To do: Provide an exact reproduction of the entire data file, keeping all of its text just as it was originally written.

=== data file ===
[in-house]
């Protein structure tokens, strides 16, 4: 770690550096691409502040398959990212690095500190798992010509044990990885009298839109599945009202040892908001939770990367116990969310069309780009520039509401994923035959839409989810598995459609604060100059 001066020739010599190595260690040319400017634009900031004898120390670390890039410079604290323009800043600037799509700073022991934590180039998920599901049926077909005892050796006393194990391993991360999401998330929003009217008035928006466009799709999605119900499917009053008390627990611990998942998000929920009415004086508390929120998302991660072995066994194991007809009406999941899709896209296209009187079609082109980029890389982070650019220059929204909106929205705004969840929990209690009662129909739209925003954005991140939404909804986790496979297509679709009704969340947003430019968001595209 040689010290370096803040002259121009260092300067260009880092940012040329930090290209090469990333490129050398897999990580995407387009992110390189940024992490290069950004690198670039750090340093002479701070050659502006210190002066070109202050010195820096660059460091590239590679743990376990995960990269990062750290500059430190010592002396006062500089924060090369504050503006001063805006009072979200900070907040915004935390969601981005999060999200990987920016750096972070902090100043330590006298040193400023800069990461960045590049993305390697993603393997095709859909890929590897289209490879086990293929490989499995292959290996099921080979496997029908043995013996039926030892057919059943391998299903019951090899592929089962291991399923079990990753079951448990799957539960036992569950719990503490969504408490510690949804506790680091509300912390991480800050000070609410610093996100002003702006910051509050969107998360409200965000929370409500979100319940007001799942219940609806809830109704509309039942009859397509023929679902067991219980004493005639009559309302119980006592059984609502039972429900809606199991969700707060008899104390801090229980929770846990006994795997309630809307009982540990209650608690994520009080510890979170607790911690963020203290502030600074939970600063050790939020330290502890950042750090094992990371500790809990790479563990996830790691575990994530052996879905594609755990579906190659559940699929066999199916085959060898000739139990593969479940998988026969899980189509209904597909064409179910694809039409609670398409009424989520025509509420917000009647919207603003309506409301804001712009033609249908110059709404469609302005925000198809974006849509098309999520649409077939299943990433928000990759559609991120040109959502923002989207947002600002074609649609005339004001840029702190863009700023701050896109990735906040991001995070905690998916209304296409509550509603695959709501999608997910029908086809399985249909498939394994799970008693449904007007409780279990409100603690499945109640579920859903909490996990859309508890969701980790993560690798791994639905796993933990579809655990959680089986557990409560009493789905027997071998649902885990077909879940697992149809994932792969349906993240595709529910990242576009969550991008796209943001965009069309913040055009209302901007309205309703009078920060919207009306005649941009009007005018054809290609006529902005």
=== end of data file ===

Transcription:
[in-house]
């Protein structure tokens, strides 16, 4: 770690550096691409502040398959990212690095500190798992010509044990990885009298839109599945009202040892908001939770990367116990969310069309780009520039509401994923035959839409989810598995459609604060100059 001066020739010599190595260690040319400017634009900031004898120390670390890039410079604290323009800043600037799509700073022991934590180039998920599901049926077909005892050796006393194990391993991360999401998330929003009217008035928006466009799709999605119900499917009053008390627990611990998942998000929920009415004086508390929120998302991660072995066994194991007809009406999941899709896209296209009187079609082109980029890389982070650019220059929204909106929205705004969840929990209690009662129909739209925003954005991140939404909804986790496979297509679709009704969340947003430019968001595209 040689010290370096803040002259121009260092300067260009880092940012040329930090290209090469990333490129050398897999990580995407387009992110390189940024992490290069950004690198670039750090340093002479701070050659502006210190002066070109202050010195820096660059460091590239590679743990376990995960990269990062750290500059430190010592002396006062500089924060090369504050503006001063805006009072979200900070907040915004935390969601981005999060999200990987920016750096972070902090100043330590006298040193400023800069990461960045590049993305390697993603393997095709859909890929590897289209490879086990293929490989499995292959290996099921080979496997029908043995013996039926030892057919059943391998299903019951090899592929089962291991399923079990990753079951448990799957539960036992569950719990503490969504408490510690949804506790680091509300912390991480800050000070609410610093996100002003702006910051509050969107998360409200965000929370409500979100319940007001799942219940609806809830109704509309039942009859397509023929679902067991219980004493005639009559309302119980006592059984609502039972429900809606199991969700707060008899104390801090229980929770846990006994795997309630809307009982540990209650608690994520009080510890979170607790911690963020203290502030600074939970600063050790939020330290502890950042750090094992990371500790809990790479563990996830790691575990994530052996879905594609755990579906190659559940699929066999199916085959060898000739139990593969479940998988026969899980189509209904597909064409179910694809039409609670398409009424989520025509509420917000009647919207603003309506409301804001712009033609249908110059709404469609302005925000198809974006849509098309999520649409077939299943990433928000990759559609991120040109959502923002989207947002600002074609649609005339004001840029702190863009700023701050896109990735906040991001995070905690998916209304296409509550509603695959709501999608997910029908086809399985249909498939394994799970008693449904007007409780279990409100603690499945109640579920859903909490996990859309508890969701980790993560690798791994639905796993933990579809655990959680089986557990409560009493789905027997071998649902885990077909879940697992149809994932792969349906993240595709529910990242576009969550991008796209943001965009069309913040055009209302901007309205309703009078920060919207009306005649941009009007005018054809290609006529902005």